Fresh Start for Beach Stairways

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The Agate Street beach access closed prematurely due to erosion below the steps to the sand. A landscape scheme for a proposed renovation of the Agate Street public access. Photo by Jody Tiongco.
The Agate Street beach access closed prematurely due to erosion below the steps to the sand.
A landscape scheme for a proposed renovation of the Agate Street public access. Photo by Jody Tiongco.

The city is “starting fresh” on conceptual plans for beach stairways at the ends of Thalia, Agate and Pearl streets and wants public input about their design.

Three meetings will be held for residents to air their thoughts about the plans, said Wade Brown, project director. All of the meetings start at 5:30 p.m. at the top of the stairs at the end of each street. The Agate Street meeting will take place on Monday, May 16; Thalia on Wednesday, May 18; and Pearl on Monday, May 23.

Concrete and aluminum comprise the basic components in the plans, said Brown. The conceptual plans call for replacing the concrete stairs to the beach at each location and redoing walkways, viewing areas and benches as well as landscaping, keeping as many existing plants as possible.

“We’re trying to make some stairs that will last 50 years,” he said. “We’re using durable, proven materials that will last that long if we do things right. If you make them out of wood and bric-a-brac and other things, you just don’t get the longevity.”

Some residents think the plans drastically reduce viewing areas, eliminate comfortable seating, especially the wooden deck at Thalia Street, and will reduce views for sunsets and surf contests. “Also, the lower overlook landings and their coveted viewpoints at Mountain and Agate Street will be either butchered and/or completely removed, creating choke points on tight corners,” resident and civil engineer Peter Mann wrote in a letter to the Indy last January. “Anyone with a surfboard, SUP board, kayak, beach gear, or even emergency life-saving equipment will find it difficult to navigate these tighter corners.”

Redoing the stairs is needed, agrees Robert Ader, architect and member of the city’s Environmental Sustainability Committee, but capturing rainwater run-off and preventing ocean pollution could add complications to the designs.

“How are they handling the storm water run-off, how are they stopping the pollutants off the street from running into the ocean. How are they capturing and filtering the rain as a resource instead of losing it as run-off?” he said.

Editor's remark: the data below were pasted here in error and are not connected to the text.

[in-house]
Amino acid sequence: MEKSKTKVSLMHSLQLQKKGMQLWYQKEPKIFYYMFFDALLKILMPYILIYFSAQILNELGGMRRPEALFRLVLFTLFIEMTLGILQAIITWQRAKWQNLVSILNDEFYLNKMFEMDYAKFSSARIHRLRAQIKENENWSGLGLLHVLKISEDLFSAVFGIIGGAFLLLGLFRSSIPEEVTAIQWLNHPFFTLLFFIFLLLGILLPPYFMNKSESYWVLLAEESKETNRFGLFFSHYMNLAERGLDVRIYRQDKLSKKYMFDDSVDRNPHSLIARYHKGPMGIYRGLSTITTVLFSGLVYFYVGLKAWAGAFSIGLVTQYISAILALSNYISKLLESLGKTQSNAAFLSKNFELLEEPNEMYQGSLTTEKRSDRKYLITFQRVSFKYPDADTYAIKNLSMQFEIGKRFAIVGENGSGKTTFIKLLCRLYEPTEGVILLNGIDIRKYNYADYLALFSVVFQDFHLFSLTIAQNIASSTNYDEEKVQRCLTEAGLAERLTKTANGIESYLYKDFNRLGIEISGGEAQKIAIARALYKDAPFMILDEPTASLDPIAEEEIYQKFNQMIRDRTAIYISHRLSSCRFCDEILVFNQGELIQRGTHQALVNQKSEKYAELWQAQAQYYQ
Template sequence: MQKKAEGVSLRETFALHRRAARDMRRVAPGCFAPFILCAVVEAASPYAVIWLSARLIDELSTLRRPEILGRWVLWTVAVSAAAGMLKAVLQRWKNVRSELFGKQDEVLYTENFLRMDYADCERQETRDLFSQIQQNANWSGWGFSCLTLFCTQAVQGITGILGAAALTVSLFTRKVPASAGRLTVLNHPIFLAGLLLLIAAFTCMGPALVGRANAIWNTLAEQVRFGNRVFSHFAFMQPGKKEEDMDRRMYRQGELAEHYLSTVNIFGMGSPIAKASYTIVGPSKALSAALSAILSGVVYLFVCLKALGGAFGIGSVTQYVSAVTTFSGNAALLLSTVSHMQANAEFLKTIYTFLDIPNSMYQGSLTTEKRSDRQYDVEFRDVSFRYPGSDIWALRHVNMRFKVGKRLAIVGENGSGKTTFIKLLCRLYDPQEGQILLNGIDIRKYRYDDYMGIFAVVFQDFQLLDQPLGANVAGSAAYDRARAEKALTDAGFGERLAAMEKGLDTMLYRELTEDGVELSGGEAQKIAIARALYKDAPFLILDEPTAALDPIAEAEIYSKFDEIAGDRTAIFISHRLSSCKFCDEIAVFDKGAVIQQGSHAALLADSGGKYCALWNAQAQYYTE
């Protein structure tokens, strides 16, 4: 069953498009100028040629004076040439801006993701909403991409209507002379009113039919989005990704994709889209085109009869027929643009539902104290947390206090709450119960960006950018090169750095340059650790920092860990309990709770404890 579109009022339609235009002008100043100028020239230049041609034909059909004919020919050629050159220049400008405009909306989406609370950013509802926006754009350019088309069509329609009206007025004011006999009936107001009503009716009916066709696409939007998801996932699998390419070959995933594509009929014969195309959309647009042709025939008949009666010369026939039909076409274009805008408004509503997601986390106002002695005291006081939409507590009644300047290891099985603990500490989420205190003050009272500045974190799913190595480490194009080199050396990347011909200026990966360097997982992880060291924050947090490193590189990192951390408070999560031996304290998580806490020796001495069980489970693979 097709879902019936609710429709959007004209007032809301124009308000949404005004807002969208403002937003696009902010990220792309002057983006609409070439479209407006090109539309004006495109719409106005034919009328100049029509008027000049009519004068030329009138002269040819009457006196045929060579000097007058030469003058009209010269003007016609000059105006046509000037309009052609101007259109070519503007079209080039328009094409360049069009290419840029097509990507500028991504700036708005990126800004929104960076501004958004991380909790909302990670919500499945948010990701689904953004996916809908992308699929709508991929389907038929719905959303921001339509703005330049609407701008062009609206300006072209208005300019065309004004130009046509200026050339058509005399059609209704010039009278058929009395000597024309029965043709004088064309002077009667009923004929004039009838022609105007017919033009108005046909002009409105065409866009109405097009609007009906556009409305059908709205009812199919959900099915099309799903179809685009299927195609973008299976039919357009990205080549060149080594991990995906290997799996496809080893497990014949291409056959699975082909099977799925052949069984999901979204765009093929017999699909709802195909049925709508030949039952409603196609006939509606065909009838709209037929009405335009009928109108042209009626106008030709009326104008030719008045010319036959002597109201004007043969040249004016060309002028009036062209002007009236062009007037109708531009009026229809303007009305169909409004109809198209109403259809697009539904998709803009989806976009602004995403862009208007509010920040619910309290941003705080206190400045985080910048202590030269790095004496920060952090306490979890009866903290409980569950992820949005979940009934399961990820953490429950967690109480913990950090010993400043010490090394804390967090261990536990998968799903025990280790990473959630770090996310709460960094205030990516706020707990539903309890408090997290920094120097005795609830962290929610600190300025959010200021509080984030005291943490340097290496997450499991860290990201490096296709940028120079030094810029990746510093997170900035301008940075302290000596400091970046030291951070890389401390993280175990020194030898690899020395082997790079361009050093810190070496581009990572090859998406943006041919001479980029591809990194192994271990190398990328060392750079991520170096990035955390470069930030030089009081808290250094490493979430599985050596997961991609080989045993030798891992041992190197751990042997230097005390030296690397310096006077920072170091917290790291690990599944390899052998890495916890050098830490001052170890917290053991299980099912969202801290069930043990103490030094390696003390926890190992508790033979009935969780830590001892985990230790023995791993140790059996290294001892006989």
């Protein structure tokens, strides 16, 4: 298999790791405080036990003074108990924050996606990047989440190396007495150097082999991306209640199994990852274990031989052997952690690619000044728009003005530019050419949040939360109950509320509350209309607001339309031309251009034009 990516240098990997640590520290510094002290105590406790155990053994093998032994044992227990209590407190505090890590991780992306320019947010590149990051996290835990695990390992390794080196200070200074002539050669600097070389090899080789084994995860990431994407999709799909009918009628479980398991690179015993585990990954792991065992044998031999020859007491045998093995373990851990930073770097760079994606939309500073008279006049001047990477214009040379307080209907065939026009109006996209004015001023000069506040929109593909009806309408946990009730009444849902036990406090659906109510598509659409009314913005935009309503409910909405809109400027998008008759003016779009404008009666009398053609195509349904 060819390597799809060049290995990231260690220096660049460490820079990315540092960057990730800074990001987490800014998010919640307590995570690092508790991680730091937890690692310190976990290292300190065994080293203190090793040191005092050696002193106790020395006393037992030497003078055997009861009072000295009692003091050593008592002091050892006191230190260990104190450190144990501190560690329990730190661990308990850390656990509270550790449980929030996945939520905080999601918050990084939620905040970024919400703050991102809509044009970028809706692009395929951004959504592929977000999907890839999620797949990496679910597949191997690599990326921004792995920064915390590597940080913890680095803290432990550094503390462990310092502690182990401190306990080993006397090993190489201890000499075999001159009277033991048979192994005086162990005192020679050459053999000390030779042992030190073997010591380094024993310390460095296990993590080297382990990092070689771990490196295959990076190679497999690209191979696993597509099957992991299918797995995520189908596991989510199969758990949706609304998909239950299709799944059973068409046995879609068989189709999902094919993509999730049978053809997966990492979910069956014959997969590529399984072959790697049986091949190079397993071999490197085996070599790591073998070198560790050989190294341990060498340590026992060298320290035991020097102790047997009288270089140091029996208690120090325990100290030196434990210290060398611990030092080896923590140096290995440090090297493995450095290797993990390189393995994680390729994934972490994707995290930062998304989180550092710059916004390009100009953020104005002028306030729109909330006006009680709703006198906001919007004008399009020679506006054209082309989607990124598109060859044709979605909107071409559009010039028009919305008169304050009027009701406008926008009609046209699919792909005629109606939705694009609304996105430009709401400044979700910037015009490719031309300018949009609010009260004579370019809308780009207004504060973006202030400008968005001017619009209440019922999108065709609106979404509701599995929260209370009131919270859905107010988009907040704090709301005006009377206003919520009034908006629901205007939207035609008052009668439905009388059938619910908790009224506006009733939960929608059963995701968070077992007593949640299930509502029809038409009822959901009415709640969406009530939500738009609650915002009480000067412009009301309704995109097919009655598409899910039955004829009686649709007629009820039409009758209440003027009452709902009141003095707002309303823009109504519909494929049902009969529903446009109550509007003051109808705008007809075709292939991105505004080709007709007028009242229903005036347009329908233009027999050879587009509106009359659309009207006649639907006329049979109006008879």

Mike Beanan, another environmental committee member, agrees that storm water run-off needs to be watched. “They don’t have to solve the problem for all of Southern California, just that one section from Coast Highway to the beach,” said Beanan. “That’s where there’s a lot of contaminants.” Brown said the infrastructure for storm drainage was not changed in the conceptual plans.

Plans for Agate and Thalia street-ends call for the biggest changes to the existing configurations, explained Brown. Plans for Agate show a new viewing area to the north of the stairs. Access to Agate Street beach has been roped off since October due to stair damage caused by high surf. Emergency repair was too costly, said Brown, especially in light of the stairs planned redesign.

At Thalia, the viewing area will be moved to the top of the stairs with seating similar to the mini-amphitheater at Brooks Street, only smaller, he said. A popular meeting place for surf and stand-up paddle groups, the new seating area can also be used as an unloading zone, Brown said.

Plans for Pearl Street include extending the stairway to prevent drop-offs when high surf washes away the sand. An 18-inch-high concrete “seat-wall” figures in the plans at the top of the access. The stairway will be redone as it is due to a sewage pump station there that eventually will need to be replaced, Brown said.

Although the plans call for redoing the street-ends in concrete, they nod to the environment with bike racks at all three sites.

No esthetic features were built into the plan, which leaves any art to be determined, Brown said. “We’re allowing plenty of opportunities, like these seat walls and other areas in the landscape where they can install art if they want, but we’re going to leave that to the Arts Commission,” he said.

Ruben Flores, president of the nonprofit Laguna Beach Beautification Council, says functional can be esthetically pleasing. “Yes, you want something to last 50 years and be functional,” he said, “but who said functional can’t be beautiful?”

Earlier meetings held by the city months ago to discuss plans were frustrating, Flores said. “The plans were becoming way too generic,” he said. “They didn’t reflect our town.” Flores said he plans to attend the street-end meetings.

Brown expects the finalized plans to go before the city’s Design Review Board within two months. The conceptual plans were designed by Kruezer Consulting Group of Seal Beach for $100,000, he said. No costs have been determined to complete the projects, he said, which will be funded from the city’s capital improvements account.


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  1. If the stairs are going to be done there is an obvious need for handicap accessability. Yes you can access the beach at Main and access the beach at Bluebird but that’s a long stretch between.
    I don’t believe there is a need for emergency vehicle access, but if someone was injured and in pain, a trip in a gurney carried up stairs is just going to make matters worse. A foot path ramp would help with this type of extraction.
    Be it at Oak St., Anita, Thalia, or Saint Anne’s .


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